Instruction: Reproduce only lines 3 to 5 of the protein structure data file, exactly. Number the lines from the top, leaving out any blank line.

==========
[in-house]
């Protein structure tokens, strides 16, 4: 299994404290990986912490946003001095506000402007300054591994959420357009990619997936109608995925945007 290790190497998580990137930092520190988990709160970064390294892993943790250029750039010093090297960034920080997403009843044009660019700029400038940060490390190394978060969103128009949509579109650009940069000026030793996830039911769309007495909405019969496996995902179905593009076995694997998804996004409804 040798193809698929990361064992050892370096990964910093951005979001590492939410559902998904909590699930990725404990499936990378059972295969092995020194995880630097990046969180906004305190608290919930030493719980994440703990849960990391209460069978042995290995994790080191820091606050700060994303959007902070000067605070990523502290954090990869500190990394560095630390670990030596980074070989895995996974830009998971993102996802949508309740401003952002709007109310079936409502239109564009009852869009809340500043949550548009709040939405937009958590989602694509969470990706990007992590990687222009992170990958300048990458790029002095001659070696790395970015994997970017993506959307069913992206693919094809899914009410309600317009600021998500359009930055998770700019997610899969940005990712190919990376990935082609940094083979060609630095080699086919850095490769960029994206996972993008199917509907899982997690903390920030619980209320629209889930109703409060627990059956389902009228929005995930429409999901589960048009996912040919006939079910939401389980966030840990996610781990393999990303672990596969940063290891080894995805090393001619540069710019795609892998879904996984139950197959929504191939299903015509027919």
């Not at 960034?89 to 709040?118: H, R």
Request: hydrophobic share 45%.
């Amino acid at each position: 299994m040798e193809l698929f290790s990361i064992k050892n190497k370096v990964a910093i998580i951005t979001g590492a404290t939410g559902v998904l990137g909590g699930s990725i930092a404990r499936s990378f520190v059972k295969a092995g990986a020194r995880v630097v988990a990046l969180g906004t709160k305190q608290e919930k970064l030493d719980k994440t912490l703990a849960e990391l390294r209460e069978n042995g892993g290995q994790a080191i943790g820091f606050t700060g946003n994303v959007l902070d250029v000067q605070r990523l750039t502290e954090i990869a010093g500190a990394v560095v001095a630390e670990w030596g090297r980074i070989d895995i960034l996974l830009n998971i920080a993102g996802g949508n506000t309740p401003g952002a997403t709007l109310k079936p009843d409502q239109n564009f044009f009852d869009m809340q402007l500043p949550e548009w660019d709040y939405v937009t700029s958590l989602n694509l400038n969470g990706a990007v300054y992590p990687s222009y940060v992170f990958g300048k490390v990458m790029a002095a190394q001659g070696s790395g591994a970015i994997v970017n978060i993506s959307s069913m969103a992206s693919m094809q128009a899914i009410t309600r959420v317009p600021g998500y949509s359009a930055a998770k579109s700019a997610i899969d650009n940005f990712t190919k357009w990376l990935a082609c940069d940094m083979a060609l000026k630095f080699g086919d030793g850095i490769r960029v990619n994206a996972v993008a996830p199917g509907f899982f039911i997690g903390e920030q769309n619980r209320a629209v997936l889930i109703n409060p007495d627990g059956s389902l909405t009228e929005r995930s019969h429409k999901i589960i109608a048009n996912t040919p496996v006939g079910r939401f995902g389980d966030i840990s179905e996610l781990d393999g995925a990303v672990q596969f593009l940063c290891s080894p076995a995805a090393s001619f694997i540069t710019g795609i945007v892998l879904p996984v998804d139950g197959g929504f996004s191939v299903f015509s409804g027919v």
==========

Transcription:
């Not at 960034?89 to 709040?118: H, R």
Request: hydrophobic share 45%.
């Amino acid at each position: 299994m040798e193809l698929f290790s990361i064992k050892n190497k370096v990964a910093i998580i951005t979001g590492a404290t939410g559902v998904l990137g909590g699930s990725i930092a404990r499936s990378f520190v059972k295969a092995g990986a020194r995880v630097v988990a990046l969180g906004t709160k305190q608290e919930k970064l030493d719980k994440t912490l703990a849960e990391l390294r209460e069978n042995g892993g290995q994790a080191i943790g820091f606050t700060g946003n994303v959007l902070d250029v000067q605070r990523l750039t502290e954090i990869a010093g500190a990394v560095v001095a630390e670990w030596g090297r980074i070989d895995i960034l996974l830009n998971i920080a993102g996802g949508n506000t309740p401003g952002a997403t709007l109310k079936p009843d409502q239109n564009f044009f009852d869009m809340q402007l500043p949550e548009w660019d709040y939405v937009t700029s958590l989602n694509l400038n969470g990706a990007v300054y992590p990687s222009y940060v992170f990958g300048k490390v990458m790029a002095a190394q001659g070696s790395g591994a970015i994997v970017n978060i993506s959307s069913m969103a992206s693919m094809q128009a899914i009410t309600r959420v317009p600021g998500y949509s359009a930055a998770k579109s700019a997610i899969d650009n940005f990712t190919k357009w990376l990935a082609c940069d940094m083979a060609l000026k630095f080699g086919d030793g850095i490769r960029v990619n994206a996972v993008a996830p199917g509907f899982f039911i997690g903390e920030q769309n619980r209320a629209v997936l889930i109703n409060p007495d627990g059956s389902l909405t009228e929005r995930s019969h429409k999901i589960i109608a048009n996912t040919p496996v006939g079910r939401f995902g389980d966030i840990s179905e996610l781990d393999g995925a990303v672990q596969f593009l940063c290891s080894p076995a995805a090393s001619f694997i540069t710019g795609i945007v892998l879904p996984v998804d139950g197959g929504f996004s191939v299903f015509s409804g027919v």